For example, the purpose of a residential loan is to finance real estate on an individual level. On the other hand, larger businesses or real estate developers may need a commercial loan to finance real estate. Residential loans usually have lower maximums and interest rates than commercial loans. As for a real estate investment loan, this is essentially a loan that allows the borrower to finance an investment property instead of a primary residence.
Regardless of type, a real estate loan is good debt when the financed property appreciates, comes with manageable payments and low interest rates, and is tax-deductible.
Home equity loan. With a home equity loan, the homeowner borrows against the value of their home (the equity). Common reasons for taking out a home equity loan include debt consolidation and paying for expensive home repairs. Since home equity loans have an average interest rate between 3% and 12%, they’re a better type of debt than most other loans.
Home equity line of credit (HELOC). Similar to a home equity loan, a HELOC allows the borrower to use the equity on their home to get a loan. However, a HELOC works more like a credit card with a variable interest rate and a predetermined borrowing limit. A HELOC can be good debt when it’s used for things like home renovations or repairs, debt consolidation, or financing other expenses at a lower rate.
Student loan debt. Contrary to popular belief, student loans can be good debt because they help break the barrier to higher education for those in low-income households. Since more education often means a higher earning potential, student loans are often a good investment for those who need them.
However, student loans can easily become bad debt. This is often the case with those who end up owing tens or hundreds of thousands of dollars in student loans for a degree that isn’t highly valued in the workplace. Student loans are also bad debt when the borrower doesn’t have a clear plan or career trajectory after graduation.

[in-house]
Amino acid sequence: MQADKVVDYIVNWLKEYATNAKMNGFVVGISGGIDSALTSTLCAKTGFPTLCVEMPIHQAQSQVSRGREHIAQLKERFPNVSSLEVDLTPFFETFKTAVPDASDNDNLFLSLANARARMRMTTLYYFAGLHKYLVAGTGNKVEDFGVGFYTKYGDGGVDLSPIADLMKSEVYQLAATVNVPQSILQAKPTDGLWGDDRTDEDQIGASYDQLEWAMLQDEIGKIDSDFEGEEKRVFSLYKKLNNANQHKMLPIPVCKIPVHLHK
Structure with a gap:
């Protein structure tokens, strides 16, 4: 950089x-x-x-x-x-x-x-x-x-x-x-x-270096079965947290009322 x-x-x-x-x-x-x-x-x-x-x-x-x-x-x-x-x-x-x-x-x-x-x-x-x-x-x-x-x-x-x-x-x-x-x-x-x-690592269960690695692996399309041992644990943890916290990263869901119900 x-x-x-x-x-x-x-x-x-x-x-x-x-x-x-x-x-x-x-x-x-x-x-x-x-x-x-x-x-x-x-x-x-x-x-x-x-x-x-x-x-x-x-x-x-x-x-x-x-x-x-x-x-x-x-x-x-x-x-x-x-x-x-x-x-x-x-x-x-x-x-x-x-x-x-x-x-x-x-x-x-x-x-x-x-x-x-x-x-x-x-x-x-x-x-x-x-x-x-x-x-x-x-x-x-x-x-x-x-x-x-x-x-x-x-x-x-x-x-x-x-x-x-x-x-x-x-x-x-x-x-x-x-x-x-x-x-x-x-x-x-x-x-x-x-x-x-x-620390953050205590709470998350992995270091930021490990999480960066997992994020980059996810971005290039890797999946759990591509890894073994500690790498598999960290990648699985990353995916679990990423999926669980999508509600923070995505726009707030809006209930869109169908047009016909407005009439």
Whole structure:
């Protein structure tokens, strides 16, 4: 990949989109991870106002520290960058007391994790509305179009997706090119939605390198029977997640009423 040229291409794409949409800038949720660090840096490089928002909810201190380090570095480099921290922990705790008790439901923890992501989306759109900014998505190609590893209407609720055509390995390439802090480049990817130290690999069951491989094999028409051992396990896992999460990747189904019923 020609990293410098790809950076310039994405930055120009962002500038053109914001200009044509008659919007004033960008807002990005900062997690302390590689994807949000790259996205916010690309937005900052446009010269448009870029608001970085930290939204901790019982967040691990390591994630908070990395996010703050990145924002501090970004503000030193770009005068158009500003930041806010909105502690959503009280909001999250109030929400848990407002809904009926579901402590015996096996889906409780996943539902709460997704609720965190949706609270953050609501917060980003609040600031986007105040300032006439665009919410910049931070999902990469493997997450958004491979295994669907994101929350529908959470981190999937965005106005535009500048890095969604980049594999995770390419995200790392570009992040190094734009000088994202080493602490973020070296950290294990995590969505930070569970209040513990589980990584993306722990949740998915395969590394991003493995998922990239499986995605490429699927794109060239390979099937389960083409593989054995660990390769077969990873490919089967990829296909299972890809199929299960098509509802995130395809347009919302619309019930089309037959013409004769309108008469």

Small business loans. At an average interest rate of 3% to 7%, a small business loan is a good form of debt if you have a solid business plan and are prepared for business ownership. However, owning a business comes with its share of risks, so it is possible to lose out on the investment and turn good debt into bad debt.
What is bad debt
Bad debt is debt that does not allow you to invest, build wealth, or increase your net worth. It is usually used to finance consumable items, or items that depreciate (lose) in value over time. It also often comes with higher interest rates.
Examples of bad debt
Bad debt comes in many forms, but these are some of the most common types.
Payday loans and other short-term loans: Payday loans have high interest rates and other fees that make them incredibly risky and difficult to repay. In fact, the average interest rate on a payday loan is around 391%, though it can go higher depending on the lender. These and other high-interest debt can often trap borrowers in a vicious cycle of debt that can last for years. In fact, more than 90% of borrowers end up regretting their payday loan.
While some lenders offer short-term loans at a more reasonable rate, they still come with other fees and penalties. Plus, most people take out short-term loans to pay for consumables or temporary things like vehicle repairs or medical bills.